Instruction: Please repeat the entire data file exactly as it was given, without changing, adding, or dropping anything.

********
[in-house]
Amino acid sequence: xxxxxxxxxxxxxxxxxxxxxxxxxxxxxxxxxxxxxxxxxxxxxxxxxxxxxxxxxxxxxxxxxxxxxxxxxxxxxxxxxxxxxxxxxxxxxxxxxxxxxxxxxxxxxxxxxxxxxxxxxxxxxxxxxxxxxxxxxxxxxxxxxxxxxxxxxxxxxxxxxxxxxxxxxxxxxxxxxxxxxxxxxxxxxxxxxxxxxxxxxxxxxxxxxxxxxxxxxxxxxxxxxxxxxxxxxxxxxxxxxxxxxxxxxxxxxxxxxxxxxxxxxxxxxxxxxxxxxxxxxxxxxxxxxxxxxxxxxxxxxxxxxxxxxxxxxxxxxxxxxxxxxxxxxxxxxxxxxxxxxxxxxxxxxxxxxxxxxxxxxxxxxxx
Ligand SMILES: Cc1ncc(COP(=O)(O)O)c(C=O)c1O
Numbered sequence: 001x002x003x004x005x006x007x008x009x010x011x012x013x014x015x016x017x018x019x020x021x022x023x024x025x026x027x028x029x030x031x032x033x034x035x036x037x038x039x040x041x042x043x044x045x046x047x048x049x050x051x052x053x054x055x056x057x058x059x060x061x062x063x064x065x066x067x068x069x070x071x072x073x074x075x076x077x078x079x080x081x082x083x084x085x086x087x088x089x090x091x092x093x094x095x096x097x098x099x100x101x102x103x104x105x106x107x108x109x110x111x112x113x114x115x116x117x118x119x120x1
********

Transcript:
[in-house]
Amino acid sequence: xxxxxxxxxxxxxxxxxxxxxxxxxxxxxxxxxxxxxxxxxxxxxxxxxxxxxxxxxxxxxxxxxxxxxxxxxxxxxxxxxxxxxxxxxxxxxxxxxxxxxxxxxxxxxxxxxxxxxxxxxxxxxxxxxxxxxxxxxxxxxxxxxxxxxxxxxxxxxxxxxxxxxxxxxxxxxxxxxxxxxxxxxxxxxxxxxxxxxxxxxxxxxxxxxxxxxxxxxxxxxxxxxxxxxxxxxxxxxxxxxxxxxxxxxxxxxxxxxxxxxxxxxxxxxxxxxxxxxxxxxxxxxxxxxxxxxxxxxxxxxxxxxxxxxxxxxxxxxxxxxxxxxxxxxxxxxxxxxxxxxxxxxxxxxxxxxxxxxxxxxxxxxxx
Ligand SMILES: Cc1ncc(COP(=O)(O)O)c(C=O)c1O
Numbered sequence: 001x002x003x004x005x006x007x008x009x010x011x012x013x014x015x016x017x018x019x020x021x022x023x024x025x026x027x028x029x030x031x032x033x034x035x036x037x038x039x040x041x042x043x044x045x046x047x048x049x050x051x052x053x054x055x056x057x058x059x060x061x062x063x064x065x066x067x068x069x070x071x072x073x074x075x076x077x078x079x080x081x082x083x084x085x086x087x088x089x090x091x092x093x094x095x096x097x098x099x100x101x102x103x104x105x106x107x108x109x110x111x112x113x114x115x116x117x118x119x120x1